Community Service-Costa Rica Spring Break 2018
- For my STEP project I went to Costa Rica through Buck-I-SERV/OAC. During the trip we did community service in the town of Brujo, Costa Rica and also did adventure activities.
During my time in Costa Rica, I learned a lot about myself and the world. There were many activities that we did during the trip that I had never experienced before. This included propelling and duckying. Both of these activities, especially propelling, are potentially very dangerous and all around thrilling and scary. I am typically a little afraid of heights and almost decided to not take part in the propelling. However, I knew I would have regretted that decision. I learned how to challenge my fears and try new things.
My view of the world also changed. The main question we were asked in Costa Rica and one that we were asking ourselves was, were the people living in a town with a population of 150 with little electricity and no amenities actually living in poverty or paradise. Originally, I think we all would have said poverty, but after spending 10 days there and learning about the simplicity and bliss that filled their lives, we all said paradise.
I think the biggest thing I learned from my trip to Costa Rica was appreciating the simple things in life and not worrying about things you cannot control. This related back to the poverty vs. paradise debate. Life in Costa Rica is very simplistic, something that I had very rarely experienced before. I experienced many things during the trip and spoke with many people all which led to my decision of paradise.
We stayed with various families in the small town of Brujo. These families did not have electric stoves, wifi, and other various amenities that we take for granted every day. I lived without my cellphone for 10 days, something I have not done since I got a phone. I learned to prioritize face to face relationship over texting conversations. I did not have social media for 10 days. I paid more attention to the things going on around me and not what people on my phone were doing. This taught me to live in the moment and take the whole experience in.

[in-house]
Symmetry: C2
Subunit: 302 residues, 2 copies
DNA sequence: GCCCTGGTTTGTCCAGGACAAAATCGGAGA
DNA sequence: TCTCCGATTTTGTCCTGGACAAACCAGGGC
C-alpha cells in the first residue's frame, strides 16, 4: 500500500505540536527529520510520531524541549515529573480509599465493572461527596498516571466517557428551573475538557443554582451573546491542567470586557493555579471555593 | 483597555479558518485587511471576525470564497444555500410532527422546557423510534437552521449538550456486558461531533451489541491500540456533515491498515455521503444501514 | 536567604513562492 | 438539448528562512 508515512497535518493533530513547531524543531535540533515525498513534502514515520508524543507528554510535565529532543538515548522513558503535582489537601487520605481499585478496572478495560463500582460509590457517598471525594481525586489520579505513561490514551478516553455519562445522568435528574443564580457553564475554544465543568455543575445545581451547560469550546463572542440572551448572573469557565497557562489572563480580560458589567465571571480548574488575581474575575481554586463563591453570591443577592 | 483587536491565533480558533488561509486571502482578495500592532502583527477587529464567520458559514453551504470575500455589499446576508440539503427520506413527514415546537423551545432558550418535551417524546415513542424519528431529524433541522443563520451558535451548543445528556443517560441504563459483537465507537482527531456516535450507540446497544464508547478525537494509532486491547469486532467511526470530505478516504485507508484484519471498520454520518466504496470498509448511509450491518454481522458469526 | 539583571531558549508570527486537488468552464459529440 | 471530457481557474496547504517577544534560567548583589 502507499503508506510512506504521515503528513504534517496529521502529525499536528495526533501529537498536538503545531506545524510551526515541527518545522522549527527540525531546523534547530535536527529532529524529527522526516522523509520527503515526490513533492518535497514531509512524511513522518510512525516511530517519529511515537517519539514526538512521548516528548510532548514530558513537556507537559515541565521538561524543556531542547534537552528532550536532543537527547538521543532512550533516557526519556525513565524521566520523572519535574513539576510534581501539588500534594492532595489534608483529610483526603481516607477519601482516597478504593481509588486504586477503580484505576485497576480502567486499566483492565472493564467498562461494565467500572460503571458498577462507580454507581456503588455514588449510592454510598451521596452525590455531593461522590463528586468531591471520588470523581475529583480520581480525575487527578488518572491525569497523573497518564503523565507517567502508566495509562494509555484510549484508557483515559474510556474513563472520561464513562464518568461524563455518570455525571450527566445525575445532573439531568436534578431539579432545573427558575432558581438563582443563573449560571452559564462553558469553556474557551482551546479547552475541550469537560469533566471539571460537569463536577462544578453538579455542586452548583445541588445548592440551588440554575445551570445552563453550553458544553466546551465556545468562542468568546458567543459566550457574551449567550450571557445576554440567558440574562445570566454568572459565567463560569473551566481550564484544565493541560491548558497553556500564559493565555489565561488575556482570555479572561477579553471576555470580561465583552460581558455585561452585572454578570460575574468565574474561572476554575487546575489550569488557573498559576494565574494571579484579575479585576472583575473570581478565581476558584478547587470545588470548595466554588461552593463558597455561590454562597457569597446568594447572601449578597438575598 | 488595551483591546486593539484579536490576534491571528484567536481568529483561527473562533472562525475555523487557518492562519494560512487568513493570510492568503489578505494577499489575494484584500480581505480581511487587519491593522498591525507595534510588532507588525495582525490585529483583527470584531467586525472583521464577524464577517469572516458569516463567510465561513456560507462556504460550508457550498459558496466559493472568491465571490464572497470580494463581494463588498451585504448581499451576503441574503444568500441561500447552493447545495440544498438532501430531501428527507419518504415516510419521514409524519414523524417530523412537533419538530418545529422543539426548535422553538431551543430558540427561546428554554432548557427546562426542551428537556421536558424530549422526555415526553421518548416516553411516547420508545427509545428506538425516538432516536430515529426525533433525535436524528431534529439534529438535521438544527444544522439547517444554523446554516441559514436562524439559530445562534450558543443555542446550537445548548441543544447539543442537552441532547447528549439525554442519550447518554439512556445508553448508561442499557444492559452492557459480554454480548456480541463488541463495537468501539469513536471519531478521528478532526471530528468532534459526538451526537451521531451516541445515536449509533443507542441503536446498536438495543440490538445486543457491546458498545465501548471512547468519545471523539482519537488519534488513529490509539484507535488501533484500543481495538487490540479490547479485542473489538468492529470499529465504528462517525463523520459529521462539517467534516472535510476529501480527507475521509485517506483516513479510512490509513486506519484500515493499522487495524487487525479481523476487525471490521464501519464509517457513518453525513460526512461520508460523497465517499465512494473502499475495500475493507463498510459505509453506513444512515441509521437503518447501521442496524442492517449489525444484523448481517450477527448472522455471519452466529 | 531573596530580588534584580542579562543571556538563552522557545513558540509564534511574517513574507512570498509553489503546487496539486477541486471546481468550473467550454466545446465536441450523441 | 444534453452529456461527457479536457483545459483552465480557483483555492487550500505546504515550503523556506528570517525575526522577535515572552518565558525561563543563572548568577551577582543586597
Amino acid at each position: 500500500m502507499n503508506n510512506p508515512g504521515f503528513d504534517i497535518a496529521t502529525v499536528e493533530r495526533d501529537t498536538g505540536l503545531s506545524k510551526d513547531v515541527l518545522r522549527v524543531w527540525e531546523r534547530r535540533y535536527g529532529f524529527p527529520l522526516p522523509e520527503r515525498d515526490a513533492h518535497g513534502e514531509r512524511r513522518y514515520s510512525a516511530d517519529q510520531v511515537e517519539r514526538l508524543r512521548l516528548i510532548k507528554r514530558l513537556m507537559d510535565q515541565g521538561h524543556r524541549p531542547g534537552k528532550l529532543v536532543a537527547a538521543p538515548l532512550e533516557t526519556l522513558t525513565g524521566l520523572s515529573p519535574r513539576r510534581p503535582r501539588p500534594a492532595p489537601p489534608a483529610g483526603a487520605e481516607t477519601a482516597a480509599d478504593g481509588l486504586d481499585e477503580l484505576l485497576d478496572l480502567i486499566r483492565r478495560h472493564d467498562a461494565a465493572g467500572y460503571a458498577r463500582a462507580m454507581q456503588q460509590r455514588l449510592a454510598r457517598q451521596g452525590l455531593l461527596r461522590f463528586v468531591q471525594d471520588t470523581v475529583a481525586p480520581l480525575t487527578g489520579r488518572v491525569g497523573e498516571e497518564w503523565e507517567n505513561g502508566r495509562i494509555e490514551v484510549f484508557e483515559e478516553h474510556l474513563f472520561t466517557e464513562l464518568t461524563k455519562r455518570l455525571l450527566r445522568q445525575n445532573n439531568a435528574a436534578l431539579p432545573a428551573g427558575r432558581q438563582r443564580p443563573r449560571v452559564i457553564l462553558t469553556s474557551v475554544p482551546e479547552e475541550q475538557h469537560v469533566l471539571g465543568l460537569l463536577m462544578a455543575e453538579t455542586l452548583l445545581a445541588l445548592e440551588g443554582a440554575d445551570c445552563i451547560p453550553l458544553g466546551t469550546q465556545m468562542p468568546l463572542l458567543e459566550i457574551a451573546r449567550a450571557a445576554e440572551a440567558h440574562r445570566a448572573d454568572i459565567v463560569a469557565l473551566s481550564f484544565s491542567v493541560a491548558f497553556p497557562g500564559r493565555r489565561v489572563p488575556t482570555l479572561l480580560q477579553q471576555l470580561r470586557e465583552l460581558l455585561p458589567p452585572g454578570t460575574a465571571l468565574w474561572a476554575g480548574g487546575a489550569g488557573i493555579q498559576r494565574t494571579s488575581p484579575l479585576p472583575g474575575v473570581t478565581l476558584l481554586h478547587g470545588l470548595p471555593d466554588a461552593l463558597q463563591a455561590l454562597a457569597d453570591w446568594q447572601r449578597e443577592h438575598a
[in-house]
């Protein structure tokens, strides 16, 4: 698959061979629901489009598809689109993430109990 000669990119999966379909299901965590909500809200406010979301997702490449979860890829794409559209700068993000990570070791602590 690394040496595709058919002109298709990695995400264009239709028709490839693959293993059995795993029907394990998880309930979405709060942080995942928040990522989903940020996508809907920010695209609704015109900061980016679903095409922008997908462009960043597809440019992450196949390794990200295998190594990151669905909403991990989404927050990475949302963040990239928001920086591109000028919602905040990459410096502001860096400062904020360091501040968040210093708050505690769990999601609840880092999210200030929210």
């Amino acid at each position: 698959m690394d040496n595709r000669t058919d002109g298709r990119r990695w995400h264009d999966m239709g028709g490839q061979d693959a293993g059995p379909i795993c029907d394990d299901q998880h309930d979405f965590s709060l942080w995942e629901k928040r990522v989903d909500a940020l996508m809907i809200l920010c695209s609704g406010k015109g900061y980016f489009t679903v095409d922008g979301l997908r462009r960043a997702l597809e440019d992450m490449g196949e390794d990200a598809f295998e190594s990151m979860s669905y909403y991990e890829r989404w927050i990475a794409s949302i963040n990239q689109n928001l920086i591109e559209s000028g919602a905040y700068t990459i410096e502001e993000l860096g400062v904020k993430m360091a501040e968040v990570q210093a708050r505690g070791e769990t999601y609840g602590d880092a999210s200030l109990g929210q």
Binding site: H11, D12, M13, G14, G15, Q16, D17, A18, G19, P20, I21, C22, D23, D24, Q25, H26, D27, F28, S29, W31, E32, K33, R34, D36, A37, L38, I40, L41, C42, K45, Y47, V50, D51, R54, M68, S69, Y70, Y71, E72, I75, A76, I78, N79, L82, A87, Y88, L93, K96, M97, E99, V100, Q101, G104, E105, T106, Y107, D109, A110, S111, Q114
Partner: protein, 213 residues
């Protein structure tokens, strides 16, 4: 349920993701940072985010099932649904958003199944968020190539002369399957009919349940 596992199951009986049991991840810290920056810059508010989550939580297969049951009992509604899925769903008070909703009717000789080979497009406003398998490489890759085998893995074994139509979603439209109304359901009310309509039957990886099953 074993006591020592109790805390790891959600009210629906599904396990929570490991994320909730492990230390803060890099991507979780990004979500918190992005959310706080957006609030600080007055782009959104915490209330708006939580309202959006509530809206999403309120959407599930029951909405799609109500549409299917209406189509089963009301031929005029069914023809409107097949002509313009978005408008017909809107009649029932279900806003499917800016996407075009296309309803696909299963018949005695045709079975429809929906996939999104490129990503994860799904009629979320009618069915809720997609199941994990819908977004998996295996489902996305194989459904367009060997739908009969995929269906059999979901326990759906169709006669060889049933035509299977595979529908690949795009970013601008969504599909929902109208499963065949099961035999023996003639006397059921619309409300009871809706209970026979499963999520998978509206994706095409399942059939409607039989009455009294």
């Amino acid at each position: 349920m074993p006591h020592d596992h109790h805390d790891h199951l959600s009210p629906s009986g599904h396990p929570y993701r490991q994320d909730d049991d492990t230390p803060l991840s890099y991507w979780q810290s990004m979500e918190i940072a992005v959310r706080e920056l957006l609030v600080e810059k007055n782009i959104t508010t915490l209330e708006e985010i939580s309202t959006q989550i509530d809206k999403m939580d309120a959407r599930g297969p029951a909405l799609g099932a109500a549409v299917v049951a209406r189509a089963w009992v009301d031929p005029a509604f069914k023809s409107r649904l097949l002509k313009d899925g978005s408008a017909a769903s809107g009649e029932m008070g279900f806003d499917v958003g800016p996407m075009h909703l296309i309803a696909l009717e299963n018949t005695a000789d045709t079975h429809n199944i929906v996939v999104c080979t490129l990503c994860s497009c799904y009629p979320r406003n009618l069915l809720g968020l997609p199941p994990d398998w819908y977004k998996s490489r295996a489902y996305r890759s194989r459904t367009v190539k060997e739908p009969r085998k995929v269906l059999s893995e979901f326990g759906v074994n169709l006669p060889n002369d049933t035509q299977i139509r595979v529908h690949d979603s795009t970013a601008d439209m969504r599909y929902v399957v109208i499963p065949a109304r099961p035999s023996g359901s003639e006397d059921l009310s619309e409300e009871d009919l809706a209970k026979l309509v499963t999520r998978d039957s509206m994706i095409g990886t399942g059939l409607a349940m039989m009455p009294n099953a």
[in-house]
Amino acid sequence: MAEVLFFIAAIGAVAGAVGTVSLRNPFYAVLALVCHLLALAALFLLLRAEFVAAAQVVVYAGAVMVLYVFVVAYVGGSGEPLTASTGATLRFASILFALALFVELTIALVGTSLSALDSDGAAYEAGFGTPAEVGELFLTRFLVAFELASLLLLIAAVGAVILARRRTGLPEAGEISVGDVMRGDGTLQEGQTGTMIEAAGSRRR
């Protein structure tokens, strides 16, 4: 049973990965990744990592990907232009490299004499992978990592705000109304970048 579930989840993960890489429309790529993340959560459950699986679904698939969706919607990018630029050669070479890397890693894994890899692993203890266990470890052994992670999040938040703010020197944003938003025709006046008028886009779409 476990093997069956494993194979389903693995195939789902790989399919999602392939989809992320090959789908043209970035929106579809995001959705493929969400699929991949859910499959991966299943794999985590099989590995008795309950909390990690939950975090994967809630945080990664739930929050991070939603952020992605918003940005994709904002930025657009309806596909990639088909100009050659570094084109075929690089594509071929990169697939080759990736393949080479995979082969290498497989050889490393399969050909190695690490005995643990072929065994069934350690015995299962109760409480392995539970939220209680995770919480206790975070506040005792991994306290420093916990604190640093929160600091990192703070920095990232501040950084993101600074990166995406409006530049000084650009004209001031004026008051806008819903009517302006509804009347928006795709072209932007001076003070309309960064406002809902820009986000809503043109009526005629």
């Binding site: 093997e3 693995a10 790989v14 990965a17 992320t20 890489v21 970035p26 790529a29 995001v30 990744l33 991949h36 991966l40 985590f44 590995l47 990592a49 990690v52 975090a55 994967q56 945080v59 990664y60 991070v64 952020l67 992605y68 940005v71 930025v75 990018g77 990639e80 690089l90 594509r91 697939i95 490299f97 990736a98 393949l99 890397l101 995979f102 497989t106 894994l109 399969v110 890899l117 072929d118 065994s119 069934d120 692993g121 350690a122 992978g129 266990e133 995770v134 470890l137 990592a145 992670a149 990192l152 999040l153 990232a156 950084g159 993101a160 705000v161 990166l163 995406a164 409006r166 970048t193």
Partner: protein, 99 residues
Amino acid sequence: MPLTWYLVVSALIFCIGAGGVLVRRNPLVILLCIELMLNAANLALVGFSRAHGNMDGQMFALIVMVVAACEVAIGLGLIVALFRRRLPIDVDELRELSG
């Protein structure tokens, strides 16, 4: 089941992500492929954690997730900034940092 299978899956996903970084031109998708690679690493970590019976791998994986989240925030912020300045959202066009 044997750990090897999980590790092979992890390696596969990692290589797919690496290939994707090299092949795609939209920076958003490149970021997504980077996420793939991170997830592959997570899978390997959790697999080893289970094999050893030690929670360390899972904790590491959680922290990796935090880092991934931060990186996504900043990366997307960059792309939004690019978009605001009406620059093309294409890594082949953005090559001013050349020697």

Not only was living without basic amenities an experience, but also conversing with the families we stayed with, especially in Spanish. I am conversational in Spanish and learning how to speak it with native speakers was such an amazing experience. The family I stayed with was able to tell me what they did for fun and how they spent most of their time outdoors. They all said that they prefer the Costa Rican lifestyle versus the lifestyle in the United States. They all seemed genuinely happy and happy to have us learn about their culture.
- This transformation has taught me to live my life to the fullest, appreciate the little things in life, and “not sweat the small stuff.” I now appreciate the many amenities in my life that I did not have in Costa Rica (such as screens on windows to keep bugs out of my house) but also to live more simply and not worry about the things that I do not have. I used to worry about stressful things in life that I ultimately could not control. Now I try and focus more on the things that happen in my life and how I handle them. I believe that Costa Rica has made me a more well-rounded person.